Columbia Researchers Find Drug Combo May Help Prevent Life-Threatening Stem Cell Transplant Complication In Children
New York, NY (April 13, 2004) – A drug duo appears to be a safe and effective way to prevent a serious condition called graft-versus-host-disease (GVHD) in youngsters undergoing a stem cell transplant, researchers from Children’s Hospital of NewYork-Presbyterian/Columbia University Medical Center report in the April 13 issue of the journal Biology of Blood and Marrow Transplantation.
GVHD is a common condition in which the transplanted cells attack the recipient’s tissue. It can cause a skin rash, enlarged liver and intestinal problems including diarrhea. In the worst cases, the skin can blister and peel over the entire body. Immune-suppressing drugs can halt GVHD but also leave the recipient vulnerable to infection.
Two drugs are often used as a prophylactic treatment to prevent the condition – methylprednisolone, a powerful immune system-suppressing drug, and methotrexate, an antirejection drug. However, both drugs can have side effects. Methylprednisolone can cause glucose intolerance (a precursor to diabetes) and high blood pressure. Methotrexate can exacerbate treatment-related mouth ulcers, as well as have a toxic effect on the liver and kidneys.
“While these drugs are 20 percent to 50 percent effective at preventing acute GVHD in children undergoing a stem cell transplant, they can also cause damage to the organs, including the kidney and liver,” said Dr. Mitchell S. Cairo, professor of pediatrics, medicine and pathology at Columbia University College of Physicians & Surgeons and chief of the Division of Pediatric Hematology and Blood and Marrow Transplantation at Children’s Hospital of NewYork-Presbyterian. “We wanted to find a safer alternative for these youngsters,” said Dr. Cairo, who is also the director of the Leukemia, Lymphoma and Myeloma Program at the Herbert Irving Comprehensive Cancer Center.
In the study, Dr. Cairo and his colleagues tried two drugs – a new, more potent immune-suppressing drug called tacrolimus (FK506) and a second immune system-suppressing drug called mycophenolate mofetil (MMF). While sometimes used to treat adults with GVHD when other drugs fail, the researchers tried the combination as a prophylactic measure to prevent GVHD in 34 children and adolescents.
“While these drugs can have side effects too, we hoped they would be less toxic for these seriously ill children and still prevent GVHD,” said Dr. Cairo. “Depending on how well matched donor and recipient are, anywhere from 40 percent to 80 percent of transplant patients can develop GVHD.”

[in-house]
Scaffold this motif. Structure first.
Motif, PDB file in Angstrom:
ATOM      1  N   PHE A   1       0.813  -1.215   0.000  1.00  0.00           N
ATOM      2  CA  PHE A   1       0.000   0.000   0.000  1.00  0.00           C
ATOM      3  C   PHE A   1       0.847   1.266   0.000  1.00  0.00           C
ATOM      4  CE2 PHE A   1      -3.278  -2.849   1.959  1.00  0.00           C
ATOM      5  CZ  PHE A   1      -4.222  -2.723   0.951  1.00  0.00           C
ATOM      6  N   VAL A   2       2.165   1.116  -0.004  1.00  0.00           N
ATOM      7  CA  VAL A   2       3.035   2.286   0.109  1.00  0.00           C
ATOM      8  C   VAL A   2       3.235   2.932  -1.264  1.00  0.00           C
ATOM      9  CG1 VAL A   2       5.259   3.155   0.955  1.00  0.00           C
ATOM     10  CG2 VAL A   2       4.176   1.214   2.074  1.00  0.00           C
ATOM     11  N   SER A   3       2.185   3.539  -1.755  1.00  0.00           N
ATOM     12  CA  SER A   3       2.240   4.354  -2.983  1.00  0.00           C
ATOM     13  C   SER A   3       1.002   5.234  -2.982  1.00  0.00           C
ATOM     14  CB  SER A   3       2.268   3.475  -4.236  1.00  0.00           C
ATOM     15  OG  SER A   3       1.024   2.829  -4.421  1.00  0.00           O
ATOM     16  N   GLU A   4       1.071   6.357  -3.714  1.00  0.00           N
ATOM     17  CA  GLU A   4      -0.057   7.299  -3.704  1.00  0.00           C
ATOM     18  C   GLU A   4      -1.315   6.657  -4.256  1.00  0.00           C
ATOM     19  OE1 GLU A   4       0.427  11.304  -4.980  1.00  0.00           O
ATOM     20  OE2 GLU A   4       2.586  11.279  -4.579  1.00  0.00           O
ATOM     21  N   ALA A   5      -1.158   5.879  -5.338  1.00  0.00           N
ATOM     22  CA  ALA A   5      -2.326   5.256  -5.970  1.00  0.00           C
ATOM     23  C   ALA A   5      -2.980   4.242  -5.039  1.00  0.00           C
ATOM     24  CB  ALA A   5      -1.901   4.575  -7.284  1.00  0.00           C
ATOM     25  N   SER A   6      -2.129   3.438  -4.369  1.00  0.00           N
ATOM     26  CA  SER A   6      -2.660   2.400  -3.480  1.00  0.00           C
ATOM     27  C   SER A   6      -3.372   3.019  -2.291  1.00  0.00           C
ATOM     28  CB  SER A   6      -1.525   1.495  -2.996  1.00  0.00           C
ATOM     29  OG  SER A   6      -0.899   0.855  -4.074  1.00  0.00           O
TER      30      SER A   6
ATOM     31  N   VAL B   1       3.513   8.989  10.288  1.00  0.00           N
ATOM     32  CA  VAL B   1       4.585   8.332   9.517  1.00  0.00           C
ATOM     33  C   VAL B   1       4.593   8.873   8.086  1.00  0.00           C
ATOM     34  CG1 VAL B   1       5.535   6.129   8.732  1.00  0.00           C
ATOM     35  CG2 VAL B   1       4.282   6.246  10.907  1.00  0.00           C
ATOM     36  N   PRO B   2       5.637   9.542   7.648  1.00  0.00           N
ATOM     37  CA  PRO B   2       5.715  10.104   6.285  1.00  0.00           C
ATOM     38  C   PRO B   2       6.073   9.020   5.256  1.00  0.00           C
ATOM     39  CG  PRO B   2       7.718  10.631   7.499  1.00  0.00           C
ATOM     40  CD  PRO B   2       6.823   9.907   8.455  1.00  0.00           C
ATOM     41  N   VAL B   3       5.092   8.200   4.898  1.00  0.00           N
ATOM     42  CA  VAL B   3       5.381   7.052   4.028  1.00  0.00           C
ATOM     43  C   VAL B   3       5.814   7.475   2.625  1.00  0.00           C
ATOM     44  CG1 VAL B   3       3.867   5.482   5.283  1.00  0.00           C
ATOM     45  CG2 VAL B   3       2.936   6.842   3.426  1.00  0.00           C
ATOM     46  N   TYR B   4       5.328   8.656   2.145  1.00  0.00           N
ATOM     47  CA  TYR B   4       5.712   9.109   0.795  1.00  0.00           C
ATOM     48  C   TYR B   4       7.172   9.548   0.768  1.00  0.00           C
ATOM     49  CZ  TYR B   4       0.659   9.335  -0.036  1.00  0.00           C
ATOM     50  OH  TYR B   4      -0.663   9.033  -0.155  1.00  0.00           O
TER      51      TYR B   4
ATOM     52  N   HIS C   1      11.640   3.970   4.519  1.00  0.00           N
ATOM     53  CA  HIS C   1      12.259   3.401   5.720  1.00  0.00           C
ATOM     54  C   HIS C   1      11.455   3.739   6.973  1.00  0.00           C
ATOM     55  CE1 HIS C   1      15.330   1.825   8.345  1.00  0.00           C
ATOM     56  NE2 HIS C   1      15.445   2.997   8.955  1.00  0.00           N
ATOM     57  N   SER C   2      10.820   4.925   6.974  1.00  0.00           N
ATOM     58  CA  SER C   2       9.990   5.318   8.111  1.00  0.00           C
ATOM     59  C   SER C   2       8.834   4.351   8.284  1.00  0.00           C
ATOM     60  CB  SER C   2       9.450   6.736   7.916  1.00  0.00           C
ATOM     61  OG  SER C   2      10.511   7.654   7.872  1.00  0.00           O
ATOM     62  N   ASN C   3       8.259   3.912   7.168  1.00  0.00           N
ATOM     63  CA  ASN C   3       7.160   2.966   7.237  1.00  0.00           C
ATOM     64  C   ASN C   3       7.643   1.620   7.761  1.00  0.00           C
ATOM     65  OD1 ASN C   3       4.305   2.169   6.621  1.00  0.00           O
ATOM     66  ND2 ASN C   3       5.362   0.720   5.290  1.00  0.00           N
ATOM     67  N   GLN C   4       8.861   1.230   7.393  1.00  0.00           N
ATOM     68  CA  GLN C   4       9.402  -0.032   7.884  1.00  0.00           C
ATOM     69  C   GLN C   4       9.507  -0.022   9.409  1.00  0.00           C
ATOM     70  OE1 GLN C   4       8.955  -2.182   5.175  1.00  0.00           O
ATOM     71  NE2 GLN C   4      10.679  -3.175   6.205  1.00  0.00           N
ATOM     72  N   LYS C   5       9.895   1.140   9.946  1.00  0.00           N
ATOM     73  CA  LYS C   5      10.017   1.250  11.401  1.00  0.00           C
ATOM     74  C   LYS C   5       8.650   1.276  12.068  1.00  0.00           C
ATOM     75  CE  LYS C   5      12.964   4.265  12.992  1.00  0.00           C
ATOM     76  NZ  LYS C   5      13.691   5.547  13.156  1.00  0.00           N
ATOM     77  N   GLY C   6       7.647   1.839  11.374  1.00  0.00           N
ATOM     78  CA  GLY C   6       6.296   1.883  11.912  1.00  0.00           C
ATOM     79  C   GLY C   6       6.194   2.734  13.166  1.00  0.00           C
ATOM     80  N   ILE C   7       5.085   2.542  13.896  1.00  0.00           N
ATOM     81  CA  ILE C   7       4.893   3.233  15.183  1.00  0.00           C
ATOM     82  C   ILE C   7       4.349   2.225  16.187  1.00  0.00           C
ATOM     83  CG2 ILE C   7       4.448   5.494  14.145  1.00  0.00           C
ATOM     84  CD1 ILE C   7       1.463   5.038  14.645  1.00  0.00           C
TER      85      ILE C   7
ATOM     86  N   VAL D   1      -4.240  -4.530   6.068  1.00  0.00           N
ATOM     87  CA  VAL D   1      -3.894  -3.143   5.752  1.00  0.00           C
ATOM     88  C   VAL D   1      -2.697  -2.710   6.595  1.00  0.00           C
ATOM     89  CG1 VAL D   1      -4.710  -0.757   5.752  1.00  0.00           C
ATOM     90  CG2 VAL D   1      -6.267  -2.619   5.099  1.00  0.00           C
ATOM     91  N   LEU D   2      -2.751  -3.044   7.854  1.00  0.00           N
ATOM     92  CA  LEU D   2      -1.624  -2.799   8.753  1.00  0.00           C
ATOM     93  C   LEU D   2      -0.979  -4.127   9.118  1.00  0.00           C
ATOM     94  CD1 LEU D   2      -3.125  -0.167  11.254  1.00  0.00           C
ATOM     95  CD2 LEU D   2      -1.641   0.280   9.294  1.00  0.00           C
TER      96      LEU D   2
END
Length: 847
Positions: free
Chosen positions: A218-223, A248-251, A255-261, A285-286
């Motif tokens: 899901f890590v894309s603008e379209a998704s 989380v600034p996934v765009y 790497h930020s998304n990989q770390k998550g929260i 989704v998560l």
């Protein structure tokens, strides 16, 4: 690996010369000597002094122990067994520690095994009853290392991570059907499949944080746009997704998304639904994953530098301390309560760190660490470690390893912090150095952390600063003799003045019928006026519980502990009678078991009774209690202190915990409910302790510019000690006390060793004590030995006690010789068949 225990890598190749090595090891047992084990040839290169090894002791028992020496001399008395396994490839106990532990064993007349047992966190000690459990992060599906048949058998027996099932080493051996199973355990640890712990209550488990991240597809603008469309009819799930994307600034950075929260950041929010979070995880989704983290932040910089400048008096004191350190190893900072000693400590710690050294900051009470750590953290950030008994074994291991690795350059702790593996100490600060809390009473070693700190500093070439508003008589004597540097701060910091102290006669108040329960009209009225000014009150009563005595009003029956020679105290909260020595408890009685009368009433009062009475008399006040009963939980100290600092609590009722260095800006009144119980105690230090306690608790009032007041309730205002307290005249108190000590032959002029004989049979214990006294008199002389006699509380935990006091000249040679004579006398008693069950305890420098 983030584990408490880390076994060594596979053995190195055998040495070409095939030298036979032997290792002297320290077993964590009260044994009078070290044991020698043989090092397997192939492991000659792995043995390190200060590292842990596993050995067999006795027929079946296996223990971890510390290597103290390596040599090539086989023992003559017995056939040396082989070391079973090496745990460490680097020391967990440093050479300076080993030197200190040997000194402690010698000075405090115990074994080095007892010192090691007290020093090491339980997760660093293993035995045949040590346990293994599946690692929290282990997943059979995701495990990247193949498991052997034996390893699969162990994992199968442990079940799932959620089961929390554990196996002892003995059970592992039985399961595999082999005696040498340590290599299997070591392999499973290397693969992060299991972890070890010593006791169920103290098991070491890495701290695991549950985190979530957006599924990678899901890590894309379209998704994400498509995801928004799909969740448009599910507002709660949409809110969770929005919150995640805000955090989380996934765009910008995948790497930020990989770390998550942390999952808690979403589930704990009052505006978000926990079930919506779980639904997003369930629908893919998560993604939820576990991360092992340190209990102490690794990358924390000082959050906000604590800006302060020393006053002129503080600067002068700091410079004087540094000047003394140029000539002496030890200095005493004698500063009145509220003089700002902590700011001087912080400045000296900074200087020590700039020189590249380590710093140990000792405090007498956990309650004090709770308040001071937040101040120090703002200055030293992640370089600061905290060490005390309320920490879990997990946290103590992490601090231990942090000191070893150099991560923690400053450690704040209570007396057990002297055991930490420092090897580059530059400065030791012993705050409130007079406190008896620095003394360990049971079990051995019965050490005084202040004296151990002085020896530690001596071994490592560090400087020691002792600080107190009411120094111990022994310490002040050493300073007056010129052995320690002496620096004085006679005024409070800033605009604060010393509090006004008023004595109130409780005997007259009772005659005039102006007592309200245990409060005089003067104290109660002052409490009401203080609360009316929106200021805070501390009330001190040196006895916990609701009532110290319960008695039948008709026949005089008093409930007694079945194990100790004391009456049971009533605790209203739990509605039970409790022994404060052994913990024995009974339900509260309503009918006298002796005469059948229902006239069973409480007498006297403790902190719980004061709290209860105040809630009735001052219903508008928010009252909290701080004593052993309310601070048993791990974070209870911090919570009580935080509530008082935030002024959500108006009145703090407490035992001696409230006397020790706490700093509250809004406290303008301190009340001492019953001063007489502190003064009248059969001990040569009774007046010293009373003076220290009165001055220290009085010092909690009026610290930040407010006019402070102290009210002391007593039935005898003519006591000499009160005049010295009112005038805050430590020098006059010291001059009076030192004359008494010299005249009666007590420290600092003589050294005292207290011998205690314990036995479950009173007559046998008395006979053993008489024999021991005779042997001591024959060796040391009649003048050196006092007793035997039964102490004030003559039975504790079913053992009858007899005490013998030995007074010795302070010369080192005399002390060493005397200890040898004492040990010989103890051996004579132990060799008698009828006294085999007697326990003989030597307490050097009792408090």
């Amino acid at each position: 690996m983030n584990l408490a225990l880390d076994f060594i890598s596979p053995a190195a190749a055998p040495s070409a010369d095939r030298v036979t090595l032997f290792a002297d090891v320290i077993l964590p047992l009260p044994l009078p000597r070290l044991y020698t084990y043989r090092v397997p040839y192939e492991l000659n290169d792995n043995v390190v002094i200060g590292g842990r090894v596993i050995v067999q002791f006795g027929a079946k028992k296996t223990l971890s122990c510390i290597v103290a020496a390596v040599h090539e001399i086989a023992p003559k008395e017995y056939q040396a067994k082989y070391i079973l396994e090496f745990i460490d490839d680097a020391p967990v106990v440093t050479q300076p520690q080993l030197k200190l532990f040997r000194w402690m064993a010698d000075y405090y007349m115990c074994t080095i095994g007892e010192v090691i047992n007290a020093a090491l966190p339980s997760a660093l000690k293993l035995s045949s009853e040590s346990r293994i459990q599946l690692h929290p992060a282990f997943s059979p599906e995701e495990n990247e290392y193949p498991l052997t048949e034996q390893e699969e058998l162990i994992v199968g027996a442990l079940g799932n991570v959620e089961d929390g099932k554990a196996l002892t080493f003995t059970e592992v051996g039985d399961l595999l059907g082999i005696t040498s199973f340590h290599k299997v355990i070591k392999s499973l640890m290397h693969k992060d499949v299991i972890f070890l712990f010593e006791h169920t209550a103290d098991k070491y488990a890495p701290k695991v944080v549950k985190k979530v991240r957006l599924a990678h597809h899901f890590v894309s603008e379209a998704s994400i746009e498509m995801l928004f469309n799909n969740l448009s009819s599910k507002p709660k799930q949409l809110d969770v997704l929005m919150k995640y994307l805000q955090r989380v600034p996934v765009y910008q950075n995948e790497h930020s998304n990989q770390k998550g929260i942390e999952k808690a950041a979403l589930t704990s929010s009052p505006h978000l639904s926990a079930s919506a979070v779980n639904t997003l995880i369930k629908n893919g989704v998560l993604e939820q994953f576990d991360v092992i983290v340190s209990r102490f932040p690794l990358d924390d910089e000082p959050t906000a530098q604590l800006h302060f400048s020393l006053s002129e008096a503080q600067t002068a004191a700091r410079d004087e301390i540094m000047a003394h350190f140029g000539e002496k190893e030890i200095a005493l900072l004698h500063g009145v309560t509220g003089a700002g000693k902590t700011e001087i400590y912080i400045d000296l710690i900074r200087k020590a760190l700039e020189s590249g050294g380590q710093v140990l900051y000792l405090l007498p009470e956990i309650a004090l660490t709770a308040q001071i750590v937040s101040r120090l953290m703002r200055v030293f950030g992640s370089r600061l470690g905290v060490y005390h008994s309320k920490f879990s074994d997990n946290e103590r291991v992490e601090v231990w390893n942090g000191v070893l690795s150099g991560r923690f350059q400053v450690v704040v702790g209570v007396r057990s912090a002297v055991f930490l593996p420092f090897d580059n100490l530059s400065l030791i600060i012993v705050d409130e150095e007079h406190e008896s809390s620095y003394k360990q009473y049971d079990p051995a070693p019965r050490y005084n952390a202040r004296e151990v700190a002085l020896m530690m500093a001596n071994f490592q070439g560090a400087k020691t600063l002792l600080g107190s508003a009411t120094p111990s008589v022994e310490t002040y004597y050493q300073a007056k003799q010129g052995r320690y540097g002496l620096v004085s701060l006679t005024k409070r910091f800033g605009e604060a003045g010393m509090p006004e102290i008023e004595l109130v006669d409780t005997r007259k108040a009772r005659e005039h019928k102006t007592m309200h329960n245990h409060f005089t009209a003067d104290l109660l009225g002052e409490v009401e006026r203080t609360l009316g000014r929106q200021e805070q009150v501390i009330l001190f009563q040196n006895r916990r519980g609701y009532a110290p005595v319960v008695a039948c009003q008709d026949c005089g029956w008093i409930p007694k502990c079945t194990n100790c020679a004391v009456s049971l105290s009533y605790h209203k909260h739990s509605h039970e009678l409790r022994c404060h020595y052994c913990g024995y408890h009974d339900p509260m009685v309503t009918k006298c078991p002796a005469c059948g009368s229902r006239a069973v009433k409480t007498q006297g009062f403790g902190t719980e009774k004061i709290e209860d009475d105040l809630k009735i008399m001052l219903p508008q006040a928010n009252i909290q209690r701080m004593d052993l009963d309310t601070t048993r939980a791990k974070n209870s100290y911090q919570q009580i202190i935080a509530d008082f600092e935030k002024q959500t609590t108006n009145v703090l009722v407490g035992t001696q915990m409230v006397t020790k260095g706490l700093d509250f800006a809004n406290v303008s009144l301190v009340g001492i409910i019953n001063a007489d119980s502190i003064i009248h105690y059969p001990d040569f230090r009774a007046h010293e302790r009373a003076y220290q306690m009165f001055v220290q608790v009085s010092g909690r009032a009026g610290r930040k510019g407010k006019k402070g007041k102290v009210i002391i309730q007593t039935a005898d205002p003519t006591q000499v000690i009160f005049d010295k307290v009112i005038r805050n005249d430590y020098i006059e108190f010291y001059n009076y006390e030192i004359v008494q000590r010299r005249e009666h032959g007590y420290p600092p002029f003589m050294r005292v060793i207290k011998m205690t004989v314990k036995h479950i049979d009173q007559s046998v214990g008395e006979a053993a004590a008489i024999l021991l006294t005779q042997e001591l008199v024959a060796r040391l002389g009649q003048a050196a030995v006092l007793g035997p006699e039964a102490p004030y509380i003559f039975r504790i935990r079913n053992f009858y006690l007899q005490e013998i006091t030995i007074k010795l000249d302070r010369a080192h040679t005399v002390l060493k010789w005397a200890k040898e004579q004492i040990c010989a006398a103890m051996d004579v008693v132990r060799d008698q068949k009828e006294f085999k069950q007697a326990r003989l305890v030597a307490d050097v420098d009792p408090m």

The children, who were a median age of 7, were undergoing a transplant due to cancer or blood disorders. The children received donor stem cells from umbilical cord blood or the bone marrow or blood of relatives. All were treated with FK506 and MMF.
Overall, the researchers found there was a 45 percent probability of developing acute (within 100 days of transplant) GVHD and a 34 percent probability of developing chronic (100 days or more after transplant) GVHD.
“The combination of FK506 and MMF may be equivalent or better than other drug treatments when it comes to preventing GVHD,” said Dr. Cairo.
“However, if this side effect occurs reducing the dose or stopping the drug altogether often causes symptoms to resolve,” said Dr. Cairo. “Even with this potential side effect, the drug combination may be less toxic overall than other drug combinations.” The results are encouraging and warrant a study in which FK506/MMF is compared head-to-head with other drug combinations for the prevention of GVHD, said Dr. Cairo.
“FK506/MMF appears to be well tolerated, but more study is needed to determine if it is a safe and effective way to prevent GVHD while avoiding drugs such as methotrexate and methylprednisolone,” he concluded.
The study was supported in part by grants from the Pediatric Cancer Research Foundation, the Pediatric Cancer Foundation and the Swim Across America Foundation.
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*Located in New York City, Columbia University Medical Center provides international leadership in basic and clinical research, medical education, and health care. The medical center includes the dedicated work of many physicians, scientists, and other health professionals from the College of Physicians & Surgeons, the School of Dental & Oral Surgery, the School of Nursing, the Mailman School of Public Health, the biomedical departments of the Graduate School of Arts and Sciences, and allied research centers and institutions. Columbia University physicians and scientists achieved some of the 20th century's most significant medical breakthroughs, including the first blood test for cancer, the first medical use of the laser, and the first successful transfer of genes from one cell to another. This pioneering tradition continues today through 24 departments and several specialized research centers and institutes acclaimed for work in neuroscience and neurology, emerging infectious diseases, diabetes, community health, and many other areas of expertise.